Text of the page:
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Saturday, January 01, 2005

 

Week 2: Response to Sidial on the EC

I apologize for my blatant disregard of your blog’s word limit. If this poses a problem, we’d be more than happy to host the debate over at Hawkenblog.

It’s true that in the history of US presidential elections, the winner of the EC has won without winning the popular vote 3 or 4 times (depending on your interpretation of how voting directly for electors in Alabama affected the popular vote in Kennedy-Nixon). You say that’s “very rare,” hence good enough. I say it’s not good enough, but I suppose this disagreement, relative to most of the other ones, is simply a difference in opinion. However, I think it’s worth noting that we nearly had two consecutive elections where the winner of the EC was the loser of the popular vote, which shows how likely it is any time there’s a close election. If Ohio state voting officials had provided an adequate number of voting machines for all citizens, this may well have been the case. Furthermore, why would you defend a system that has failed several times and is liable to fail during any close election when you could replace it with a better system that would always correspond to the will of the majority? Another point I made on Hawkenblog is that the current system disenfranchises millions of voters in the 2/3 to 4/5 of states whose winner-take-all outcomes are all-but-certain weeks before the election. So, under the current system, the popular vote always must be taken with a grain of salt, because there are millions of people out there who, like me, could have decided to just stay home on the basis that their vote would be worth infinitely less to the outcome than someone’s in a swing state.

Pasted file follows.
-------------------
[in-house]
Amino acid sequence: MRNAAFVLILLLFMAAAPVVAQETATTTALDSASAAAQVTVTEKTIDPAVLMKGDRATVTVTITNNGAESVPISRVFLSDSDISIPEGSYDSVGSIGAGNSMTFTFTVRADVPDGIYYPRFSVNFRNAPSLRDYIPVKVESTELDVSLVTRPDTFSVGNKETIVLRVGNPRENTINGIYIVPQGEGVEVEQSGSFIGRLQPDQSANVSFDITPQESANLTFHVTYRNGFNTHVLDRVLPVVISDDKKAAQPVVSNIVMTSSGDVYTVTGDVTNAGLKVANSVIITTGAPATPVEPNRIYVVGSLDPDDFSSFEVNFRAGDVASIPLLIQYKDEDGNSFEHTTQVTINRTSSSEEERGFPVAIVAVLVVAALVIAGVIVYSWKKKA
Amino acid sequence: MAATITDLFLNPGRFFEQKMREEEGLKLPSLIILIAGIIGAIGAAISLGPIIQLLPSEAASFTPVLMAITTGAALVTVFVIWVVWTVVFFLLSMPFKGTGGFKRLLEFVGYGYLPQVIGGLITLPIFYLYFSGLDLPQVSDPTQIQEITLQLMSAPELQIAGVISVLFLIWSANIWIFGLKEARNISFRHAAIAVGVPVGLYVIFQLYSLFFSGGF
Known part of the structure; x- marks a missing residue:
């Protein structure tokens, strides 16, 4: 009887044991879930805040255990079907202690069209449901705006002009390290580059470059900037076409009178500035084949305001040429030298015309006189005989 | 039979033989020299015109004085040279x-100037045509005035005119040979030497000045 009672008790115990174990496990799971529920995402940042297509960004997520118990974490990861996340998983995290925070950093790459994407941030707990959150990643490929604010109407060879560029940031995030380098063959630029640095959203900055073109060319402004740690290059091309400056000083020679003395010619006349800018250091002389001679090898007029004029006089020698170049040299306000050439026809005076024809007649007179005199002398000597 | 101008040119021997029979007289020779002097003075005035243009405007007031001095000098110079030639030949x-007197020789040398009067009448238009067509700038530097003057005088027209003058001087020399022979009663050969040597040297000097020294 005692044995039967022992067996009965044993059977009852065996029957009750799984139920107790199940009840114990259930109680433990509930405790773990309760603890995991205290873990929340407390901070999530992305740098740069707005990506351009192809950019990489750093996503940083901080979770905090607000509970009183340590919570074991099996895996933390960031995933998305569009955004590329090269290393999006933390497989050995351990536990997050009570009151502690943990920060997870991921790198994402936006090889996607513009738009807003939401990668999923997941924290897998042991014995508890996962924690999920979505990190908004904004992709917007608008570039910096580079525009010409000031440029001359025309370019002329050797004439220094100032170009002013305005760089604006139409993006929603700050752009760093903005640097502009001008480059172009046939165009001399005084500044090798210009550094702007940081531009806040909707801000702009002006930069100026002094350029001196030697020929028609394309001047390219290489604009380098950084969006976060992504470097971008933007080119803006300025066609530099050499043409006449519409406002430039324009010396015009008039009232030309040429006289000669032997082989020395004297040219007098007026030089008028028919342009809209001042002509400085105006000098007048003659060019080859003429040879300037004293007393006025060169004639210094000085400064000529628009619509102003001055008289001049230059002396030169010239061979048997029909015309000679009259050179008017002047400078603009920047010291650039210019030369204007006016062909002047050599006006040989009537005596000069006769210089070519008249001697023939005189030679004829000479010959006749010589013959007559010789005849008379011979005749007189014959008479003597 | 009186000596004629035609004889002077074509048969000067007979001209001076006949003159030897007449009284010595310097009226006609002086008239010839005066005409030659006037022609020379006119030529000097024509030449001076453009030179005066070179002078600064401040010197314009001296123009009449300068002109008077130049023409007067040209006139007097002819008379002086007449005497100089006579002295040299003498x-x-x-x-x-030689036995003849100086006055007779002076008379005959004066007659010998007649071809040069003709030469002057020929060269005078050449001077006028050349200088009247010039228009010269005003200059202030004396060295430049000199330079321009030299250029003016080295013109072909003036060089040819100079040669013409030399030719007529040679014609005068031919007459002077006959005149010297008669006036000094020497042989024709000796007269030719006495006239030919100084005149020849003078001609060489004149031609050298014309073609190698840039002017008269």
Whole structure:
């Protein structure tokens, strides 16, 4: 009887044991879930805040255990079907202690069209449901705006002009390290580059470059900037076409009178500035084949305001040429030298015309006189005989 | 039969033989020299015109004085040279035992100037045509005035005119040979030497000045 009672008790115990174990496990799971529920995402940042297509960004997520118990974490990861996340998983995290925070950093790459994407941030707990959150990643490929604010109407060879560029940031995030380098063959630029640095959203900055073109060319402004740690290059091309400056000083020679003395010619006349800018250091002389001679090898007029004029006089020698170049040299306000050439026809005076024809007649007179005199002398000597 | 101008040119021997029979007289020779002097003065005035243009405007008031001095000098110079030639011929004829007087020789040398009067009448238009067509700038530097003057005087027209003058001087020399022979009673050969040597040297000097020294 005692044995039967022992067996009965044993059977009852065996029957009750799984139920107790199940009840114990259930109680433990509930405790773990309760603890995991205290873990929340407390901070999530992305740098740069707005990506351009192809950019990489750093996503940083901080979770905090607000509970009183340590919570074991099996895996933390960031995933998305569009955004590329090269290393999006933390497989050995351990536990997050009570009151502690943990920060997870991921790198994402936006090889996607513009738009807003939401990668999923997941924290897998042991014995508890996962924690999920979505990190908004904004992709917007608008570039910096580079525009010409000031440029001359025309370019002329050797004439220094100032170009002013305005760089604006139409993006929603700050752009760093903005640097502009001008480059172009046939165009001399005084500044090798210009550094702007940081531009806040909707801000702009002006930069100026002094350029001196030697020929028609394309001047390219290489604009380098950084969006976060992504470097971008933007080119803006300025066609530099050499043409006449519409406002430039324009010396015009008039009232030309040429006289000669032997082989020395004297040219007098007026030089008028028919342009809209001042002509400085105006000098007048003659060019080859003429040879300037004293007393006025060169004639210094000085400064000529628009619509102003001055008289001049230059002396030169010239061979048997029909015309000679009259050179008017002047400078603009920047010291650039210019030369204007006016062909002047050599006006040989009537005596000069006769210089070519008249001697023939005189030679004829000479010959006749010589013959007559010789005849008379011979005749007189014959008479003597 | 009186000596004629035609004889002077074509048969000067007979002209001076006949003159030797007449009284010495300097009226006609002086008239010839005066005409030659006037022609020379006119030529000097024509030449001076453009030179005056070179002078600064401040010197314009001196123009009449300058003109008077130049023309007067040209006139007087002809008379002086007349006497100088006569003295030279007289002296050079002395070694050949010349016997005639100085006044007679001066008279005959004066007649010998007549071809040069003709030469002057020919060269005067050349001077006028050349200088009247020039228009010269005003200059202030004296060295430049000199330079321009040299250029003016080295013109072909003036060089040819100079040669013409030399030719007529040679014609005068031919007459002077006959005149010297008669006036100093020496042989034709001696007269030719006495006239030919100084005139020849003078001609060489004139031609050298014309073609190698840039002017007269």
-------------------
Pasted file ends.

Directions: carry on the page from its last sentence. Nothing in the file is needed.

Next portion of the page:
It’s true that the EC was developed in part to satisfy the concerns of large states, slave states, and small states. In the beginning, those entities were able to argue that they might need a special boost in national elections. I think it speaks for itself that you’re not arguing for what the value of that boost might be today, you’re simply advocating the preservation of unfair weighting. You’re saying that the vote of people in small states must count for more—much more—than the vote of someone in one of the largest states. Why is that good? I’ve already stated why I believe each vote should be equal. The onus is on you to explain to us why some people’s vote should be worth much more others’.